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How Brexit-Linked VAT Rules Could Make British Brands the ‘Biggest Losers’

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It isn’t often that a government implements a policy that seems almost designed to shoot its own capital city in the foot. And yet that is what experts are saying the British Treasury’s new policy on VAT will do to London—taking it from its current position as one of the world’s undisputed luxury capitals to a city no longer able to compete with Paris.

Unsurprisingly, this new policy to remove the VAT, or value-added tax, rebate is a direct consequence of Brexit. Previously, tourists could claim back 20 percent of the purchase price of all goods over 135 pounds ($185) at the airport. But worried that EU visitors, who are now third-party nationals, would also claim back their VAT on items bought in the UK, the British government has instead decided to scrap the entire policy—for all tourists, no matter how much they spend.

In 2019, foreign visitors (excluding those from the EU) purchased 3 billion pounds ($4.1 billion) worth of luxury and fashion goods in the UK—and spent the same sum while staying in hotels and eating in restaurants. Of that, 75 percent was in London, and these visitors helped sustain a thriving luxury market that spans Mayfair, Knightsbridge and the West End, and goes all the way out to Bicester Village in Oxfordshire.

“There is a high concentration of money spent that comes from a relatively small amount of people who spend over a certain threshold,” says Paul Barnes, CEO of Association of International Retail. “These people—who mostly come from China and the Middle East—have contributed a huge amount to the British economy but will simply make the choice not to shop in London because it is less advantageous to them. The UK is now the only country in Europe not offering a VAT rebate, so why would they not go to Paris instead, if they can save thousands of euros on luxury goods there?”

‘Uncompetitive with Europe’

French officials are already rubbing their hands at the prospect of tempting these customers across the Channel. France has dropped its minimum spend required to recoup VAT from 175 euros ($212) to 110 euros ($133) and is investing in new luxury malls in central Paris and in Charles de Gaulle airport.

“Essentially what we are doing is disincentivising customers from shopping in the UK and making us uncompetitive with Europe,” says Helen Brocklebank, the CEO of Walpole, the official home of British luxury. “When people come here from China, for example, they tend to visit a couple of cities on their trip—but if London offers no VAT rebate and Paris and Milan do, then customers will spend less time here and wait to shop in mainland Europe instead.”

The Treasury has implemented this policy because it believes it will recoup 500 million pounds ($686 million) annually from it, but many in the fashion industry and beyond believe that number is flawed. The Office for Budget Responsibility—an independent commission set up by former Chancellor George Osborne—has assessed this new plan and said that the government has got its sums all wrong, as it has failed to take into account price elasticity.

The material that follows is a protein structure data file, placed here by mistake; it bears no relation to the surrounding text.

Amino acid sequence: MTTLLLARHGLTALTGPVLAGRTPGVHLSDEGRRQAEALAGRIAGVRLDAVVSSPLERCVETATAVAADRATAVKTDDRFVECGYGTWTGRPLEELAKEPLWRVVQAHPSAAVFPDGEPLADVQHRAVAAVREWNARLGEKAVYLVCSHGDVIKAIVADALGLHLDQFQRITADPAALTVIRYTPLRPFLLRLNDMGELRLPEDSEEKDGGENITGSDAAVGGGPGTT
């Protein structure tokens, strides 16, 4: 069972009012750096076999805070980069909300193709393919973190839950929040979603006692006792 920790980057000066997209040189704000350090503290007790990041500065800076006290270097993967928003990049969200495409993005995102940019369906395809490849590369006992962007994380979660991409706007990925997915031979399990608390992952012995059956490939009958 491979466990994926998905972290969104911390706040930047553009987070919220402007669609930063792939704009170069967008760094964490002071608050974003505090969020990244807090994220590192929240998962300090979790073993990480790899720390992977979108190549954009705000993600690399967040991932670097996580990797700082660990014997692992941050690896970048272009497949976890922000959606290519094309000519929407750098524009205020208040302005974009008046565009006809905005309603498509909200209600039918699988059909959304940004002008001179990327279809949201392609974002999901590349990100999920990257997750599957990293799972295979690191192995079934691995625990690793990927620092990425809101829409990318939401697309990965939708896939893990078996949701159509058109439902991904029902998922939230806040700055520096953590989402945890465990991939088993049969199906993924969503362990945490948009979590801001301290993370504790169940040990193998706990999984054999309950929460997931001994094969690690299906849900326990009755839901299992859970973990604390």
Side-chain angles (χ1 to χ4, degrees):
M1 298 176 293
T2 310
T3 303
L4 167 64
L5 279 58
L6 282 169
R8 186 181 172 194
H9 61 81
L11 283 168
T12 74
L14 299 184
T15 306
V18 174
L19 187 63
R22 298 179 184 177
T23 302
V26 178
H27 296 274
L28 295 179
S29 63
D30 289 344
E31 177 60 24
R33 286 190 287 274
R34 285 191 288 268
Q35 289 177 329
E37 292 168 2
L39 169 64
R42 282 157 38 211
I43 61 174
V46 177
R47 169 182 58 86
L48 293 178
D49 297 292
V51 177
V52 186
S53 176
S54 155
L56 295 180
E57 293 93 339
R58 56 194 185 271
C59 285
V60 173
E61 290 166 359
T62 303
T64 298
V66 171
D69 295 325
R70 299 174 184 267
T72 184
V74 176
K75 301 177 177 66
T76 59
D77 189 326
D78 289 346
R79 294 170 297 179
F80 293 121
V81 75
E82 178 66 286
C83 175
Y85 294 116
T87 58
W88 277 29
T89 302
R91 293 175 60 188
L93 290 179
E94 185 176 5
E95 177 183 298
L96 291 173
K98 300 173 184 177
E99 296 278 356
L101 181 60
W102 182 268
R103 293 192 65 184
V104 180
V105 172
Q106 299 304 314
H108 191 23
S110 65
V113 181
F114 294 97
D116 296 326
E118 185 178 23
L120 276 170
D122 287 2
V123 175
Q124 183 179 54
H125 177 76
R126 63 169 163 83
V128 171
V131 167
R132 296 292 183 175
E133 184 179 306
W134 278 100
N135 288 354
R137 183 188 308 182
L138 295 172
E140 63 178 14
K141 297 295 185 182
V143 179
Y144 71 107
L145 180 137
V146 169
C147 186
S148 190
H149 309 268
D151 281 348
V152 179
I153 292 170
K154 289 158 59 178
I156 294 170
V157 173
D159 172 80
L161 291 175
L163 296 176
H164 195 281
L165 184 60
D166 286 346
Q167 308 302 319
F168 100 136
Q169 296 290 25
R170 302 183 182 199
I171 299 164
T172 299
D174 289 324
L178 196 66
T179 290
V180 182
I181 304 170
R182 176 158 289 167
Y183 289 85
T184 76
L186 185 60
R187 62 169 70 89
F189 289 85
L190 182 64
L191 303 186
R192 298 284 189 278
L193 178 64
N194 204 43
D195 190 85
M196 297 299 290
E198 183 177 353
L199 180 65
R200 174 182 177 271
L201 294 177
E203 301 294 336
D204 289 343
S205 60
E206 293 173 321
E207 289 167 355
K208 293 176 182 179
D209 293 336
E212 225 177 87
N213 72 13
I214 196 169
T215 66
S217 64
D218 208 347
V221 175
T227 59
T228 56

According to their workings, recouping the 20 percent on VAT means the UK will lose 40 percent of luxury sales from foreign nationals—a loss of 1.2 billion pounds ($1.66 billion) to the country. That also takes their 500 million pounds ($686 million) in savings down to 300 million pounds ($411 million), and if visitors spend even 10 percent less on hotels and restaurants than they did before then the Treasury will be facing a serious deficit. The OBR also estimates 40,000 jobs will be lost as a result of this policy.

The biggest losers

British brands are set to be some of the biggest losers from this row. While global companies such as LVMH will simply put less money into their British flagships and more into Paris and Milan, smaller domestic brands like Mulberry use London as their storefront, and if foreign visitors are no longer shopping here, they will lose a hefty percentage of sales. Statistics show visitors are always more drawn to heritage brands in the country they are in: if they are shopping in Milan rather than London, they are likely to choose Gucci over Burberry.

“The fashion sector was growing by 10 percent a year and was worth 48 billion pounds ($66 billion) before the pandemic,” says Brocklebank. “It is an extraordinary credit to the country and an incredible national asset—let’s really value it as it will keep making money for us. British luxury brands are the jewel in the crown of the country—they are the calling card for Britain but if we continue down this path we will damage them.”

Add to that is the loss of domestic spend. London attracts visitors from all over the UK, but why travel from Edinburgh to the capital when Milan isn’t much further on a plane and where goods will be 20 percent cheaper? And even Londoners who have decided to purchase an expensive handbag will likely opt to hop on the Eurostar and buy it in France instead. The savings alone will be enough to finance a lavish weekend in Paris.

“It will be damaging in so many ways. Right now, London is the luxury capital of the world,” says Brocklebank. “There is an incredible ecosystem of art and culture and theatre and restaurants—and fashion is a very important part of it that ties it all together. We need to protect London as it’s an enormous national asset. It not only generates a huge amount of wealth, it is also a showcase for the country and if we let it lose its lustre it will be very damaging for all of us.”

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